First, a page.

And The Screwing Of The Military Begins


With the new administration allowing the media to photograph our returning war dead.

News organizations will be allowed to photograph the homecomings of America’s war dead under a new Pentagon policy, defense and congressional officials said Thursday.

Secretary of Defense Robert Gates announced Thursday that the Pentagon has changed its policy to allow media coverage of fallen soldiers arriving at Dover Air Base in Delaware, but only when the family approves. The current ban was put in place in 1991 by President George H.W. Bush.

“The president is supportive of the secretary’s decision,” White House press secretary Robert Gibbs said Thursday.

Since the start of the wars in Iraq and Afghanistan, media has been forbidden access to images of flag-draped coffins returning to U.S. soil. Critics of the policy accused the Bush administration of hiding the “true cost of war.”

But Gates told reporters Thursday that speculation over the ban’s intent was of no concern to him.

“This policy was first put in place in 1991 … as far as I’m concerned, that’s ancient history and I’m not going to try to figure out the motives,” he said.

Obama asked Secretary Gates for a review of the policy earlier this month. Gates said he initially asked for the ban to be reviewed a year ago, and was advised then that family members might feel uncomfortable with opening the ceremonies to media for privacy reasons or that the relatives might feel pressure to attend the services despite financial stresses. Now families will be able decide if they want the public to witness the returning war dead.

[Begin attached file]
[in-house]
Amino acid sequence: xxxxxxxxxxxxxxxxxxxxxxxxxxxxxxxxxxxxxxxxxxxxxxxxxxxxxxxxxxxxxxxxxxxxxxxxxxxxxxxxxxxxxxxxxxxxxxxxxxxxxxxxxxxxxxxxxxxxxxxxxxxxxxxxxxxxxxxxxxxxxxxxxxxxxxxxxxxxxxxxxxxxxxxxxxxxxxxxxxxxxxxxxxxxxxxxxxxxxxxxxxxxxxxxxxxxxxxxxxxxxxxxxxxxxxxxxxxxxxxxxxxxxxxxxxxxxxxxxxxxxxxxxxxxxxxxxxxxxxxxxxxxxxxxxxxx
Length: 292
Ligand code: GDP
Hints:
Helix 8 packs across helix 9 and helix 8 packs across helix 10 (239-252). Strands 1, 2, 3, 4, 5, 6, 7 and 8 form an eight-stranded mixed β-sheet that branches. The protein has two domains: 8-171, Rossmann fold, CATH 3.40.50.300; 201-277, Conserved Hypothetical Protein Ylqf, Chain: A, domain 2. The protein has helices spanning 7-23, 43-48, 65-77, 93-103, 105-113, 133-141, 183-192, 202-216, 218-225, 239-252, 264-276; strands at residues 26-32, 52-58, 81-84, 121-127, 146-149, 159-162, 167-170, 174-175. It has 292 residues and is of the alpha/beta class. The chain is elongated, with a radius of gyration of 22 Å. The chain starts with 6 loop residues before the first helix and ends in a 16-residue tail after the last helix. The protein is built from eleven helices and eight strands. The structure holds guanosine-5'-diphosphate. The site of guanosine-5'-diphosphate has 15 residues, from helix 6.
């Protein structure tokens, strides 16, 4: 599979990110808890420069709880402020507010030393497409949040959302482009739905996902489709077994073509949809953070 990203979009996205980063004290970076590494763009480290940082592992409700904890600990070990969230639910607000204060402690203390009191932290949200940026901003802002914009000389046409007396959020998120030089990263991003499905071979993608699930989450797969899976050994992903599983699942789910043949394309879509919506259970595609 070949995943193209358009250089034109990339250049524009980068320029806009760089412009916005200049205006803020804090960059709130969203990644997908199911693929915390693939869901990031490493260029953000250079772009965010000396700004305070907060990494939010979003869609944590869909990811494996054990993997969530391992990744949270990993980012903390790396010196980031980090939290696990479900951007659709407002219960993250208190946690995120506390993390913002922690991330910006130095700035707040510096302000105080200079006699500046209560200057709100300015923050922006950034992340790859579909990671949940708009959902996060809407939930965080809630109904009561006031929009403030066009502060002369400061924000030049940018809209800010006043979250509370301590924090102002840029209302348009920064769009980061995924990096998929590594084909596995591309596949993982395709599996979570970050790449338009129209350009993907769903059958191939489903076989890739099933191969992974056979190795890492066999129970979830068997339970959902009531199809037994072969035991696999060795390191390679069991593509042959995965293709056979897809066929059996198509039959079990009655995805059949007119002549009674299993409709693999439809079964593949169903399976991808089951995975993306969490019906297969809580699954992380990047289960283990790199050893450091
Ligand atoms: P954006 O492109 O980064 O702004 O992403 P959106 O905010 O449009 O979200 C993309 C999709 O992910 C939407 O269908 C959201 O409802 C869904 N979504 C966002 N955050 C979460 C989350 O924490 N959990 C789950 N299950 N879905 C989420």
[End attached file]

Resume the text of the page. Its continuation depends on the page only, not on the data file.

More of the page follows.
“I think that the thing we always have to keep at the forefront of our minds…should be the families and giving them choices,” Gates said.

At least two Democratic senators have called on Obama to let news photographers attend ceremonies at the air base and other military facilities when military remains are returned to the United States. The Dover base is where casualties are brought before they are transferred on to the hometowns of their families.

Shortly after Obama took office, Democratic Sens. John Kerry of Massachusetts and Frank Lautenberg of New Jersey also asked the White House to roll back the 1991 ban.

The new policy, which still has some details to be worked out, closely resembles the one at Arlington National Cemetery.

This is a private military matter. The media should not be involved. But since these vultures, and those who wish to use the deaths of our brave men and women as a political tool, will never be sated until they have their full measure of blood, I say leave it up to the military members themselves. Let them sign a document that plainly states their wishes in this case and follow it to the letter. Because leaving it up to family members, whose personal feelings (and sometimes political agendas) may be very different from the deceased, is an insult to every man and woman serving.



  1. It all makes me sick. I agree… leave it up to the military member.

  2. Speaking as a family who HAS received that knock at the front door,…

    Asking family members to make decisions like this can lead to deep regret later. For instance when those images of our loved ones become available to the public then the anti war crowd can use our American Heros to advance their political agendas.

    I say leave it as it is!!

  3. I like your idea of letting the military folks, themselves, make that decision, before they go to a war zone. This policy raises the specter of someone like Cindy Whatsername using the photos over and over and over.

  4. Wouldn’t it be nice if there was one easy answer to this?

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